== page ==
by Steven K. Roberts
My dear friend Rebecca moved to Missouri in 2015, and in addition to her many family activities and house-renovation projects, she is exploring a new artistic realm. When she posted the image below of her pressure-washer work in the porch-mildew medium, I was inspired to write a bit of Artspeak to help solidify this emerging genre.
There is an excellent discussion in The Guardian of International Art English, if you’d like to learn more about the linguistic traditions at play here… and I have another small collection describing works in the In Death: Unchained Museum of Art.
1 – Under Pressure by Rebecca Parks:
an Exploration of Meta-Patterns
With her “Under Pressure” series, Rebecca Parks expands Outsider Art onto the virgin landscape of the rural deck, exploring the dialectic contrast between Relaxation Spaces and the technologically mediated high-velocity streams of water with which she creates thoughtful, mandala-like representations of family dynamics, overwhelming information, and transitory states. Often pausing in reflection, her own moisture merging with that of a yet-unfinished work, the artist steps into the canvas of macro and micro to remind us of scale, giving a high-five to the hyphae while drawing attention to the vast gulf between the ambient humidity in which mildew thrives and the explosive intensity of the blast that sweeps it away.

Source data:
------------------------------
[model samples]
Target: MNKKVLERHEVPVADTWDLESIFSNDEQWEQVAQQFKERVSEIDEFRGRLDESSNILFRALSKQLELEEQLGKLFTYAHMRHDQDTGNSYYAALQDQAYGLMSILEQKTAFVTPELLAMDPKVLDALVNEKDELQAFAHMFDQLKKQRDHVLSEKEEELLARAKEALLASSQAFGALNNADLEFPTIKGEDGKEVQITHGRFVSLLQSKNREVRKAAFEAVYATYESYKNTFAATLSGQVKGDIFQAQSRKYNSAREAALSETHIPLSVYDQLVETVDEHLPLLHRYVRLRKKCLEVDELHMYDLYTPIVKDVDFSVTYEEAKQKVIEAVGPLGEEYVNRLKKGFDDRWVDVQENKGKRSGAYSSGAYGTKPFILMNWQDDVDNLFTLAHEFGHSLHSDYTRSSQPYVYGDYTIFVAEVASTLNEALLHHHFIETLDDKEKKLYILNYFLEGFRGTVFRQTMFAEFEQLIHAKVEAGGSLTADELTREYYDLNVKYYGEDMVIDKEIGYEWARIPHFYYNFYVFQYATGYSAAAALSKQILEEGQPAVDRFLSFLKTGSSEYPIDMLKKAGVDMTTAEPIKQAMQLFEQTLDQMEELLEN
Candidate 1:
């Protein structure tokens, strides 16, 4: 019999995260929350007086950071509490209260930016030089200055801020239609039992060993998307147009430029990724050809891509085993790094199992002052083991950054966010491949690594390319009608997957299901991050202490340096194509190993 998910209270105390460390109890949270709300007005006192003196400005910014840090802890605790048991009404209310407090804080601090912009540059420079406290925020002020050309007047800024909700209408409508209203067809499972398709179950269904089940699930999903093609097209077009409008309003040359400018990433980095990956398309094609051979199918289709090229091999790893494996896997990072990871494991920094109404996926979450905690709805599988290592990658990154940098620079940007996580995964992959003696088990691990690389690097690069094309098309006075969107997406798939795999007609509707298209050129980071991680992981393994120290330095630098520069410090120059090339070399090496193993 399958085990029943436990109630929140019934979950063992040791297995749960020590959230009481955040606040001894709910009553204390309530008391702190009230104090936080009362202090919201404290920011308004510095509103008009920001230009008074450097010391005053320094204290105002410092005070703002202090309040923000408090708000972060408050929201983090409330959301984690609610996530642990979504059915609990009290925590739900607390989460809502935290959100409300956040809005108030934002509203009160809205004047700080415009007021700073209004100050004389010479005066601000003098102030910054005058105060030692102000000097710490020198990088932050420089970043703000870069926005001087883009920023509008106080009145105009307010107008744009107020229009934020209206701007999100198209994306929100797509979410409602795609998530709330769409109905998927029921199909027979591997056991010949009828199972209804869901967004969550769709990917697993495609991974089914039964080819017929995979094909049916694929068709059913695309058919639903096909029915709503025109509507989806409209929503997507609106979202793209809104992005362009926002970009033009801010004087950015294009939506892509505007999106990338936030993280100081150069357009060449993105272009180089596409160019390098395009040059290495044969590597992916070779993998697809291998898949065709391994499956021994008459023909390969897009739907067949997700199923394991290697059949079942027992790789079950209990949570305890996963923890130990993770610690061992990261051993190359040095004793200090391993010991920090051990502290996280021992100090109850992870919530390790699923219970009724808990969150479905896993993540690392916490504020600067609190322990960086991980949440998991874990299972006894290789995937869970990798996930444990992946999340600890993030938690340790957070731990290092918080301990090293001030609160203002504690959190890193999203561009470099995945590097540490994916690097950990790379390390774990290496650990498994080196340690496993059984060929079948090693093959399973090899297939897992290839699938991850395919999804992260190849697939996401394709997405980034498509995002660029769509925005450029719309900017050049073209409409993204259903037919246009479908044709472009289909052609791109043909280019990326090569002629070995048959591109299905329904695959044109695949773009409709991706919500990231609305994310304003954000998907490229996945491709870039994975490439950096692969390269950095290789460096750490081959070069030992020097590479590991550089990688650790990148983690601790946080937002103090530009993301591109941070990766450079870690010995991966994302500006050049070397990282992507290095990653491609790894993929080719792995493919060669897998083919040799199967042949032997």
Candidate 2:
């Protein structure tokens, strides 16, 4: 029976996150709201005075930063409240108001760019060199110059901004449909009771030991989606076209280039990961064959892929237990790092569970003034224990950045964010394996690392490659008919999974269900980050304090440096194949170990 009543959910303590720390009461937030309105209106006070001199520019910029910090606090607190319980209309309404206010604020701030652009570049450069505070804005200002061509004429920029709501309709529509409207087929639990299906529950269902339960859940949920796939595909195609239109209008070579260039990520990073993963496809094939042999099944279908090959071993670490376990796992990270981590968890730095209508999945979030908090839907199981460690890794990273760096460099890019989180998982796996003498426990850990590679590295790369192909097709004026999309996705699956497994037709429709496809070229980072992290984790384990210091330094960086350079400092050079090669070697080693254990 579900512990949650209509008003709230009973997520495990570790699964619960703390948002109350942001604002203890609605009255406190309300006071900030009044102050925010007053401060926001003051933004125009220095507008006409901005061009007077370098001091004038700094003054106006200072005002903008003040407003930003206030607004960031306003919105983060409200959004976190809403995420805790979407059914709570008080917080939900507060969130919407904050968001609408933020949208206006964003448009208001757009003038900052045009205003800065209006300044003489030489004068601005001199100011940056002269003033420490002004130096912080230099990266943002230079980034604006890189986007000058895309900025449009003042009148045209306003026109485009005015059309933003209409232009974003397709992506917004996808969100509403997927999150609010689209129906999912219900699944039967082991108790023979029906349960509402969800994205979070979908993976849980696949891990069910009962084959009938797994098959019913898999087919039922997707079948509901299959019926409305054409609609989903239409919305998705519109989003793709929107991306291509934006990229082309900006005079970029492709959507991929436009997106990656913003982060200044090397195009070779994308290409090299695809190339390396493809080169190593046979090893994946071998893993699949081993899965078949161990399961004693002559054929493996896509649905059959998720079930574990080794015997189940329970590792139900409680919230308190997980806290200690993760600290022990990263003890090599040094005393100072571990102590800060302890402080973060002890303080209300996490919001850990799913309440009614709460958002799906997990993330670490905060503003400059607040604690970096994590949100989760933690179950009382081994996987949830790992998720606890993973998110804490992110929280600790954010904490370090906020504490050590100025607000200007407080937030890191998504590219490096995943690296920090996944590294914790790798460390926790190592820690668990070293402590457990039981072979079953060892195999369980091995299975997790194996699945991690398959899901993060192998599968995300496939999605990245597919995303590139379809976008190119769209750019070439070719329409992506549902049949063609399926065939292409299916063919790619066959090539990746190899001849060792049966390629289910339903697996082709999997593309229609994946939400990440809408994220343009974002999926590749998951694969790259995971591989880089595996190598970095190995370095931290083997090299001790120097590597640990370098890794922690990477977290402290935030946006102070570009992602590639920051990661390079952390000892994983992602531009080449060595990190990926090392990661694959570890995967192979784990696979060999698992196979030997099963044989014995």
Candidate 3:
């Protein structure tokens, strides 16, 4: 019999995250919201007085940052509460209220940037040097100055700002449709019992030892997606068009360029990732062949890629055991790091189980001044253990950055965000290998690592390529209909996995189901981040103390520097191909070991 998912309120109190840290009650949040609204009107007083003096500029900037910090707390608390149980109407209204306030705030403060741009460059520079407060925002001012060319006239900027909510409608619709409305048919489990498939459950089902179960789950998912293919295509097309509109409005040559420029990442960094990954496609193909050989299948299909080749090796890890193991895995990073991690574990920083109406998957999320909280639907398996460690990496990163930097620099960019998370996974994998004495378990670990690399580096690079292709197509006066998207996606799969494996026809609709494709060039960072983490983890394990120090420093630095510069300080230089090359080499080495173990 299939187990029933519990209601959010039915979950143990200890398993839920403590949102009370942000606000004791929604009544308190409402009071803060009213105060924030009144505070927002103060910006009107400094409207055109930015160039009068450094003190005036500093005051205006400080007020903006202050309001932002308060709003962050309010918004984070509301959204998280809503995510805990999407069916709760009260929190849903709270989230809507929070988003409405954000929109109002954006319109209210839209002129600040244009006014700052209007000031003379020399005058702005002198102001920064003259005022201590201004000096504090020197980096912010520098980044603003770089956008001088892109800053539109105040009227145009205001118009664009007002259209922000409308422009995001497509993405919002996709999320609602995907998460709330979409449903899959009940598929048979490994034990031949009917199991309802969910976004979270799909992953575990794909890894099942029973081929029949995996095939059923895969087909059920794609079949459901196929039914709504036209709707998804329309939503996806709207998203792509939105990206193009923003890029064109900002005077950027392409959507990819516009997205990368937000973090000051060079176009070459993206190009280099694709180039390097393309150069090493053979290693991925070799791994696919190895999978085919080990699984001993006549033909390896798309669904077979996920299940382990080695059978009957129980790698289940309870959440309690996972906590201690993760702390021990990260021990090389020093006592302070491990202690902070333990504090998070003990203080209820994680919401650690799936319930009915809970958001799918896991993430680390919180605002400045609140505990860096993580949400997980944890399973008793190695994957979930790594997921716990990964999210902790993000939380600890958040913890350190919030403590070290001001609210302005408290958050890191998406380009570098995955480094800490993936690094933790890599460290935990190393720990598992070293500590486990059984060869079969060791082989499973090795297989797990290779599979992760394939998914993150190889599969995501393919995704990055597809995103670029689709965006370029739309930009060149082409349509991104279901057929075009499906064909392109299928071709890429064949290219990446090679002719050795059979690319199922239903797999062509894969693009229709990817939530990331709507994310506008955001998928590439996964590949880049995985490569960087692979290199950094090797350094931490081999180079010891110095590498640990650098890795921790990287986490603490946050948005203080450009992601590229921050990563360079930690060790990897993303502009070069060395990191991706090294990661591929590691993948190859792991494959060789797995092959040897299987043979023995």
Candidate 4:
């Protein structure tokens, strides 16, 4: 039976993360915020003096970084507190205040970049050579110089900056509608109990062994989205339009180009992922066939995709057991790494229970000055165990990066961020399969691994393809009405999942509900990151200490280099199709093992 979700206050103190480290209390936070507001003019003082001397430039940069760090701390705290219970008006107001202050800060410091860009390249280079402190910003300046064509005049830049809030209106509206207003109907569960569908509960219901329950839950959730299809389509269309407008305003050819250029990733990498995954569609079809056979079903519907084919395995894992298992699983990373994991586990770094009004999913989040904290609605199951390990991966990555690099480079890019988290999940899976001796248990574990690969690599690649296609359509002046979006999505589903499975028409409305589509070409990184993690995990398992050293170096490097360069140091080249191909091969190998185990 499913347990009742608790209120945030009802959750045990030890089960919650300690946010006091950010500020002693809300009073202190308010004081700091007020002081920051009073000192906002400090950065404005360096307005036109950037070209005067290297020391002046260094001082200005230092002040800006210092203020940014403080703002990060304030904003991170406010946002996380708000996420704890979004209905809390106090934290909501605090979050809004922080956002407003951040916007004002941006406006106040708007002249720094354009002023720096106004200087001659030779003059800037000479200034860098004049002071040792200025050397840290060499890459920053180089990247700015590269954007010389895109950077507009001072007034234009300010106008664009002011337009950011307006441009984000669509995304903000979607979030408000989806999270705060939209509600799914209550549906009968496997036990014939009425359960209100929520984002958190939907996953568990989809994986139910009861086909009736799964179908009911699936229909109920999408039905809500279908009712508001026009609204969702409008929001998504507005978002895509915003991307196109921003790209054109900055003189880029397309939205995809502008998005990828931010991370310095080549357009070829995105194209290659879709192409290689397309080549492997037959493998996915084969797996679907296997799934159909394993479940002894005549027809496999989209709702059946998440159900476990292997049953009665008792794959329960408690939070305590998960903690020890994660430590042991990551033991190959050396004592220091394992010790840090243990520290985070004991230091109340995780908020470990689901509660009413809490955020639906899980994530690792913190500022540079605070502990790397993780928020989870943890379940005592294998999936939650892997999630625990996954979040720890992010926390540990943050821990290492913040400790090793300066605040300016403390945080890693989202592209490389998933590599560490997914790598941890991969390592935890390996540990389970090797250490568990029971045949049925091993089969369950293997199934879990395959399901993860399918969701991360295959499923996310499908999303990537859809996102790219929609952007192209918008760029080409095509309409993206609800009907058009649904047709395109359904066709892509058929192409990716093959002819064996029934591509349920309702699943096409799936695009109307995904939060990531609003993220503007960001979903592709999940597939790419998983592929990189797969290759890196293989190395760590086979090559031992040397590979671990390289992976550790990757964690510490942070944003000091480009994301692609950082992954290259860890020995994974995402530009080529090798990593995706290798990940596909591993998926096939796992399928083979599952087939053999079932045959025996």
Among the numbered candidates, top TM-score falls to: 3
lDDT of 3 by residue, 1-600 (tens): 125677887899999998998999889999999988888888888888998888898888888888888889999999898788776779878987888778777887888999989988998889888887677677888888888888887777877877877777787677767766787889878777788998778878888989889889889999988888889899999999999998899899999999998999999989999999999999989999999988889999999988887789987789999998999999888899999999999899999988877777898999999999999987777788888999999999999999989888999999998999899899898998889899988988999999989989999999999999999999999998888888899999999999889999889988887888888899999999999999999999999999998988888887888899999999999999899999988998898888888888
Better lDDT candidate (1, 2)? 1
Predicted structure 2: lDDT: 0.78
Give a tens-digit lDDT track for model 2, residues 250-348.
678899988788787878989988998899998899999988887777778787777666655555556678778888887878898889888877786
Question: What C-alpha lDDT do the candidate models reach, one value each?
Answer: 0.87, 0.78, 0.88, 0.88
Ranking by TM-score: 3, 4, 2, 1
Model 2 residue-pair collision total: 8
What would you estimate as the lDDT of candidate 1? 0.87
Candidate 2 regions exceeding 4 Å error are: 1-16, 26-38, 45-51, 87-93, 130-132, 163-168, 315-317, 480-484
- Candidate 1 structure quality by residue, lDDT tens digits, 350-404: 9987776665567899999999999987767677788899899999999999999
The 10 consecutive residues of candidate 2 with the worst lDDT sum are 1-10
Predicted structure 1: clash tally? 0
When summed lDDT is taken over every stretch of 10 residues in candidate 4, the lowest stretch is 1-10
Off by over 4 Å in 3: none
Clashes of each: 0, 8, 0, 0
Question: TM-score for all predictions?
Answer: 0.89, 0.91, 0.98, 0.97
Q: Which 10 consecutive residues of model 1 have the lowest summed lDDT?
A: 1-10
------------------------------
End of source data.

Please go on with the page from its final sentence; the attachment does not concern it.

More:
Rebecca thus explores the very extremes of water, from passive to invasive, turning these into metaphors of each other and by extension, of information and power. The viewer becomes participant, invited to contemplate our own narrow range of survival and the transition from informational stasis to the overwhelming flood that destroys some and nourishes others, leaving an indelible yet transient meta-pattern on the landscape of our culture. In her representation of this, Parks has captured the diverse cultural overlay of the Internet, our own assimilation, and the struggle that belies the beguiling passivity of a rural porch bathed in the informationally rich vapors of WiFi.
2 – Reflections by Isabelle
(Self-portraits in Feline Neurobiology)
In this challenging self-portrait from her Feline Neurobiology period, Isabelle seeks to explore the orthogonal spaces of figure-ground and reflection. With unblinking intensity, she invites the viewer to contemplate the mirrored gaze of introspection, contextually framed by the illusory continuity of her prefrontal cortex. “If one of us blinks,” she asks, “will the other? How will we know? And what happens to the virtual goblet, captured so clearly in this Work, in the moment when the superior colliculus makes us glance over at that spider? Where did it go? Was it ever even there?” Isabelle’s existential angst, threading insightfully through her entire oeuvre, once again surprises us.
3 – Gas Meter Installation by Ben Coxworth
With the latest in his gas-metering series, Marcellin Berthelot invites the viewer to sense the flow of energy… at once explosive and contained, a natural power monitored and directed by the forces of human commerce. Contemplating the Work, one can’t help but imagine the pressurized path to the source across space and time, the latent explosive flare of primitive hydrocarbons belied by the implacable digital display that tracks invisible users downstream — throttled, monitored, and invoiced by unseen corporations as gray as the paint with which he coated the pipes of this remarkable piece. This is the most evocative of his Alkane efforts, and stands in mute testimony to the duality of man and nature. One is tempted to glance about for a burner to satisfy the mystery of the installation’s purpose, but as with his other gas sculptures, the artist takes deep satisfaction in leaving us wanting more…